To fight state-sponsored fraud rings, we needed to start with a proper mental model of the enemy, and my mental model of fraud shifted when observing the changes in 2017-2018. I have come to see global fraud operating similarly to global financial markets.

Global hedge funds deploy capital quickly, anywhere in the world, to take advantage of outsized returns, what an investor might broadly categorize as “arbitrage opportunities” with large potential returns relative to the risk incurred.  As word gets out about an opportunity, more capital flows in, which has the effect of reducing the potential return until there is little, if any, at which point the arbitrage opportunity is gone.  Then investors go looking for the next arbitrage opportunity.  Of course, this process is legitimate and governed by laws and regulations.  

Global and state sponsored fraud operates illegally, but the behavior pattern is very similar.  The Nigerian fraud ring observed a number of states with very simplistic account signup verification during a time when new unemployment account signups and unemployment payouts were seeing explosive growth. It was a classic fraud arbitrage opportunity, which unfortunately will likely be exploited again at smaller scale with Congress recently passing the follow-on to the CARES Act.  

As states slowly beef up their fraud checks for new unemployment account signup, the fraud payback will be reduced while the resources to beat enhanced account opening fraud checks will increase, driving down the overall arbitrage opportunity.  At a certain point, the Nigerian fraud ring and others will then move on, looking for the next weak spot in global financial services, eCommerce, payments, or remittances to exploit.  


Acquirers and large merchants shift rapidly to ML models to fight global fraud

As a result of the 2017-2018 changes in fraud patterns, payment service providers (PSPs) and large eCommerce merchants began aggressively shifting to ML models to increase their defenses.  In my “global arbitrage” mental model, they were, in effect, greatly increasing the resources fraud rings would need to invest to conduct successful attacks at scale. This in turn drove down the arbitrage opportunity on their platforms relative to other weaker spots in the global ecosystem.    


The benefits of moving to ML models include: 

  1. Ability to train models across geographies or globally, providing a more consistent approach to combat the global arbitrage approach of sophisticated fraud rings.
  2. More precision in identity verification and fraud decisioning.  This is especially important as the number of input elements increases (e.g., what used to be just name and address when someone opens an account is now some combination of name, address, phone, IP, email, etc), which in turn drives up the complexity of possible linkages and behaviors of those elements online over time.
  3. Increased flexibility to adjust what I call “the decisioning aperture” wider or narrower based on the business objective.  For instance, some of our customers are just trying to keep bots out of an online marketplace (where a wider risk aperture will suffice) while others are providing loans in the thousands of dollars/euros in a few seconds (where a very narrow risk aperture is needed).  This benefit enables much more business control and fidelity relative to legacy fraud systems.  


Of course, with the adoption of new technology comes new requirements to support that technology.  Some of the new supporting requirements in ML modeling include:

  1. More data scientists and modelers.
  2. Consistent, normalized data from a variety of sources.  The more diverse types of data ingested in ML models, the more robust the decisioning will be in finding fraud.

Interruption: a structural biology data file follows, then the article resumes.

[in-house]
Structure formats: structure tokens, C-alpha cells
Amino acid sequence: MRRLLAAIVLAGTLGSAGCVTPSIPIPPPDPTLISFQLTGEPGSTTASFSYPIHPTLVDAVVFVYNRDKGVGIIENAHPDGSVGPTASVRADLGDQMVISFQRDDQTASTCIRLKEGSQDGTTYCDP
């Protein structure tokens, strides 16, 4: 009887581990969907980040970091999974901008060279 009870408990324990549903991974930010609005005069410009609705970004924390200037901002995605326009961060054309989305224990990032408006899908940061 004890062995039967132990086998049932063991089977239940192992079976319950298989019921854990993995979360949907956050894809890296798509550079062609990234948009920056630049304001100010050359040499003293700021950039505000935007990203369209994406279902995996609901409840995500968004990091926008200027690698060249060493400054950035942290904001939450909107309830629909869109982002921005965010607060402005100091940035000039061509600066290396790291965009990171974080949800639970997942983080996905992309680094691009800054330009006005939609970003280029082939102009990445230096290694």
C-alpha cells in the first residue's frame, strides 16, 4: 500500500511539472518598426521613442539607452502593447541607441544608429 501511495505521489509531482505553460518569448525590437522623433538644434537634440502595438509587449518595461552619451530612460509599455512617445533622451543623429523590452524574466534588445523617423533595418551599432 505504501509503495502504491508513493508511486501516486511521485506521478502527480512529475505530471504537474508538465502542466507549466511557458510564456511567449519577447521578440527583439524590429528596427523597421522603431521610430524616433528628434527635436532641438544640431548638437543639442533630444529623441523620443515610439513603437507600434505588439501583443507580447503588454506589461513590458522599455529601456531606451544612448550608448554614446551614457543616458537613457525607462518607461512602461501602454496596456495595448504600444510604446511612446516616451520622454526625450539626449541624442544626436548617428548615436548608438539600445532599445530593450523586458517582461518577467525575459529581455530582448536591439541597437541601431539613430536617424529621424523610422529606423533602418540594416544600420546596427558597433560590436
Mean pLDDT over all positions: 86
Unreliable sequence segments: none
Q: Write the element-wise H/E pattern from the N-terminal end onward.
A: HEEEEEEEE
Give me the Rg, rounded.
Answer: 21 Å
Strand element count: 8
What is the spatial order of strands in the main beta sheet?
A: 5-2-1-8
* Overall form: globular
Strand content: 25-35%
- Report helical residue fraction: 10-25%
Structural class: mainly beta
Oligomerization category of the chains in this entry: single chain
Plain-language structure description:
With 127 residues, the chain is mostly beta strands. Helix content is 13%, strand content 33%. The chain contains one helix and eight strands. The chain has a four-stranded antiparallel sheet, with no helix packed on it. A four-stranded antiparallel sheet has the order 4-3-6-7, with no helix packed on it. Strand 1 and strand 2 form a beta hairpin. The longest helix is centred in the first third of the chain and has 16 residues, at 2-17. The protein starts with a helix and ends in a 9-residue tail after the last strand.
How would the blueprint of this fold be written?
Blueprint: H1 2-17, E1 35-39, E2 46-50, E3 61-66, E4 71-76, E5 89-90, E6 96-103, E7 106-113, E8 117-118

3. Data provided in “model feature” format: binary responses [1/0 or true/false]; categorical response [a finite response set like red/yellow/green]; or a numerical range [the model itself then determines where the decisioning cut point is along the range].  

While seemingly simple, our experience is that many companies struggle to fulfill these requirements internally, especially both #2 and #3.  Most internal databases or data warehouses were not designed with normalization in mind, and very seldom are they in model feature format, which then requires new internal services to be built with significant engineering commitment to create model feature-ready inputs with low latency responses at three or four nines of uptime.


Financial institutions are also moving to ML models, but are lagging by a few years

Financial institutions are moving to this ML paradigm as well, at least in account opening, although they are a few years behind.  To better understand the delay in this shift to ML models among financial institutions, we must remember that banks historically lost money primarily due to loan defaults, where the evaluation paradigm was established decades ago under the FCRA and is focused purely on credit risk.  This is the process financial institutions know, and it has created enormous inertia in their efforts to adapt in the fight against modern fraud.  The static data provided by the credit bureaus (which was never designed for fraud analysis) began to be used for simple fraud checks during the account opening process mainly because it was there and available from well-established credit check processes. 

We also need to keep in mind that loans or claims for many decades have been primarily consummated at bank branch offices or government facilities.  A borrower or claimant would need to show up in person, provide one or more forms of identification, then review, as well as, sign a significant amount of paperwork.  This high friction, time-consuming process made fraudulent loans or claims much more difficult to execute and very challenging for fraudsters to do at scale (i.e. not a large arbitrage opportunity).  Based on the last time my wife and I refinanced our mortgage only a few years ago, many of these processes have continued to be in person at traditional financial institutions.